with Peter Burton
Functional Fertiliser Ltd
On almost a daily basis I talk and work with farmers moving away from the soil fertility model focussed on driving mono-culture pastures with soluble phosphorus accompanied by regular applications of nitrogen.
Those in that group I’ve had contact with lately are young enthusiastic folk doing their own research, determined there’s a better way, and experimenting on their own properties.
There are common threads through the various philosophies evolving, which will eventually result in uniquely New Zealand pastoral systems that are both highly productive and environmentally positive in all respects.
What is evolving is a flexible, multi-pronged, principle-founded approach that will be adapted depending on regional climatic differences, topography and animals being farmed.
Most importantly, the long-term success of these systems is due to daily observation and a love of the farming process, with everyone having a slightly different perspective. Essentially, art is being woven back into the farming fabric – and we’ll all be richer as a result.
The ‘new’ is outcome-based, rather than process-focussed, and the scientific fraternity will be endlessly busy working out why the systems are as successful as they are. Discovering how the many different plant species being introduced, natural soil fertility inputs, and grazing management techniques work as they do.
A change in thinking is required to understand the process of putting together in an innovative way already-proven principles and practices whereby the outcome is greater than the sum of the parts.
There are, however, obstacles to overcome. There are nay-sayers determined to maintain status quo, and they have a number of one-line dismissals. The claim that any alternative will result in lessened production is a contention that’s now easily refuted.
Claims of better outcomes used to be batted away as anecdotal. There’s now many years of independent measures and a growing number of farmers with the same experiences for that line to be effective.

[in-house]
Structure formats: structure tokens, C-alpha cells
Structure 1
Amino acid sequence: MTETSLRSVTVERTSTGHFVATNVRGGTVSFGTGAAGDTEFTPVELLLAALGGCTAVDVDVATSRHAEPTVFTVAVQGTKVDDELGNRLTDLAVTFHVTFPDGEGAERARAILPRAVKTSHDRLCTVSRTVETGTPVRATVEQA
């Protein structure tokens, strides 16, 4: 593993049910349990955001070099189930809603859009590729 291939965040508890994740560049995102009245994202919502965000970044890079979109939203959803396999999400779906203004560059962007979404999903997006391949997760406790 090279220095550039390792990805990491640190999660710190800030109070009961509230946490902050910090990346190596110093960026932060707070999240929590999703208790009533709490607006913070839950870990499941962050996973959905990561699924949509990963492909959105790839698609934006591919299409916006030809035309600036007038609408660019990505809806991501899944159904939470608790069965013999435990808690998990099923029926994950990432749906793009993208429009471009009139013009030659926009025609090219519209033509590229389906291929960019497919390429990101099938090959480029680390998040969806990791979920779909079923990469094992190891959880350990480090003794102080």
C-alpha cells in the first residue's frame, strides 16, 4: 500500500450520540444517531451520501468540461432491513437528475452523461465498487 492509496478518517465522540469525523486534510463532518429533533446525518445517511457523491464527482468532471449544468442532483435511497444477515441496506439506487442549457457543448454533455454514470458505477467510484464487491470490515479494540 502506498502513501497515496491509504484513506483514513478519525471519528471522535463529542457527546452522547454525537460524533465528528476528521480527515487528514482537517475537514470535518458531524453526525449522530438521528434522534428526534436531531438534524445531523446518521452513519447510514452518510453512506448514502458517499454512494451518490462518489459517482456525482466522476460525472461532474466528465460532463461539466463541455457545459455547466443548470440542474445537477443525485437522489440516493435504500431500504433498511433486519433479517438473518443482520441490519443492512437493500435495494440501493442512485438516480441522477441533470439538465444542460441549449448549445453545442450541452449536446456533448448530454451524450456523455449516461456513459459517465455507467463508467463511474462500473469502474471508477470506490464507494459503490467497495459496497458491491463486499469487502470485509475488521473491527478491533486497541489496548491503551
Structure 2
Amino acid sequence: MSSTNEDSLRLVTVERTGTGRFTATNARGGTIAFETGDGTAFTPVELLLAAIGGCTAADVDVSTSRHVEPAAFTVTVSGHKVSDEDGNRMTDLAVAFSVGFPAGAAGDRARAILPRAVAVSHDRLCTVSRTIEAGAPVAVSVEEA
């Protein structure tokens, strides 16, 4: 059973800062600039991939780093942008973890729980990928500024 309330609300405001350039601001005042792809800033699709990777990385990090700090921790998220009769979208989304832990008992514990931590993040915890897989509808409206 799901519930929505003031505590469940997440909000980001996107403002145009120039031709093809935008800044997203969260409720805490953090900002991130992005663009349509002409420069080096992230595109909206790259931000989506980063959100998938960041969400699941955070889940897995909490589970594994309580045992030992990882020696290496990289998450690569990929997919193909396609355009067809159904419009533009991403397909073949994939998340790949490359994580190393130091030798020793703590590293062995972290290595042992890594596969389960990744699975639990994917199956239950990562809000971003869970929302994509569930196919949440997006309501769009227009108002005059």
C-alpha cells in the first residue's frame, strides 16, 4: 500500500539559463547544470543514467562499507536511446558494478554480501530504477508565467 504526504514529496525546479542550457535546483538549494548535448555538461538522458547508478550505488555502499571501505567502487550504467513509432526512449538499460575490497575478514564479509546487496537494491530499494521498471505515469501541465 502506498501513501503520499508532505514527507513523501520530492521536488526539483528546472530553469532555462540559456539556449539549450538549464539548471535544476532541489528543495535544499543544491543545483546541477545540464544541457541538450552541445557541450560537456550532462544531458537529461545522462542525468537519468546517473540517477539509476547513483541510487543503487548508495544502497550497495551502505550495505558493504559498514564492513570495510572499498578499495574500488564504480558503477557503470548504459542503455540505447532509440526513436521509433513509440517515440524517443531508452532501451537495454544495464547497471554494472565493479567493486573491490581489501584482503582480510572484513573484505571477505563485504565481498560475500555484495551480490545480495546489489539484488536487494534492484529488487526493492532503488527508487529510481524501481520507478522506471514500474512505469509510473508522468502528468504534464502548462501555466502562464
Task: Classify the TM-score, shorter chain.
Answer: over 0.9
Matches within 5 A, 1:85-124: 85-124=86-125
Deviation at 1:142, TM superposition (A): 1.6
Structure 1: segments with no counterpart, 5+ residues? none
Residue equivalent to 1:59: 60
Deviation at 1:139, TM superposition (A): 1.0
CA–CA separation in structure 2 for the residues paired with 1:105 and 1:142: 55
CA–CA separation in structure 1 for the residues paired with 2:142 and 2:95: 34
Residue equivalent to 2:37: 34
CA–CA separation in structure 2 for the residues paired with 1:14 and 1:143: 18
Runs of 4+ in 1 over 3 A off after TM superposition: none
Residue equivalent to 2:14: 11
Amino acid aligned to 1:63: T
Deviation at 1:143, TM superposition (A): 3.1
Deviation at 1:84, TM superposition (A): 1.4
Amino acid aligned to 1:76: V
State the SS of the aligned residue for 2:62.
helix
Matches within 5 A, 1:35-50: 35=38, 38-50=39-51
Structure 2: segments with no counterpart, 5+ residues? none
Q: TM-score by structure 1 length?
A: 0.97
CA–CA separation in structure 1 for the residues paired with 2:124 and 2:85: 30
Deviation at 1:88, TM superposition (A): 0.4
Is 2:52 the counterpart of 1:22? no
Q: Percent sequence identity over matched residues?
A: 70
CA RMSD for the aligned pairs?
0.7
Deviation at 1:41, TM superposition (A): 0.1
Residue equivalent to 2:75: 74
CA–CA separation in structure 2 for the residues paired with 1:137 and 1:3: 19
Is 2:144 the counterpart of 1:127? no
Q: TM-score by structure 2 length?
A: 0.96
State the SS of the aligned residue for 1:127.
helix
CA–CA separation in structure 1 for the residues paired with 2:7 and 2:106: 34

There are already well-established farming systems that are not based on soluble phosphorus and additional nitrogen. Production is markedly higher, inputs and costs are significantly lower, and carbon is being actively sequestered.
Of late I’ve heard the claim that should the Government and councils continue with pending regulations, pastoral farming will be decimated along with our national income and standard of living.
Not so, pasture production is already declining due to the well-documented loss of carbon from our most intensively-farmed soil, evidenced by an increase in nitrate nitrogen reaching aquifers, a fact that’s not disputed.
The new methods are far more effective and efficient and due to topsoil being steadily built, they can be claimed to be carbon positive. The days of any farming activity that is not environmentally sustainable are numbered and will eventually cease to exist.
It has often been said that any changes to current systems must be science-led, yet breakthroughs in agriculture have almost without exception been initiated by farmers.
They come from observation over a prolonged period – an attribute of all genuine long-time farmers, particularly powerful when knowledge is passed from one generation to the next.
At the centre of the failure of current soil fertility practices to be genuinely sustainable is the unregulated use of fertiliser nitrogen. It is important to understand better why increases in short-term production might come at the expense of long-term growth.
Farmers under financial pressure have monthly financial commitments and there is often little time or energy to focus on practices that may adversely influence production in years to come. That’s not a criticism of individuals, it’s simply a fact of life.
Currently, $400m per year is spent by farmers on urea, approximately 30 per cent of the total fertiliser dollars spent annually. An industry of that size has genuine staying ability and for it to be replaced there must be an alternative.
The products and know how are available; and for those prepared to look to the future, more information is available. Call Peter Burton 0800 843 809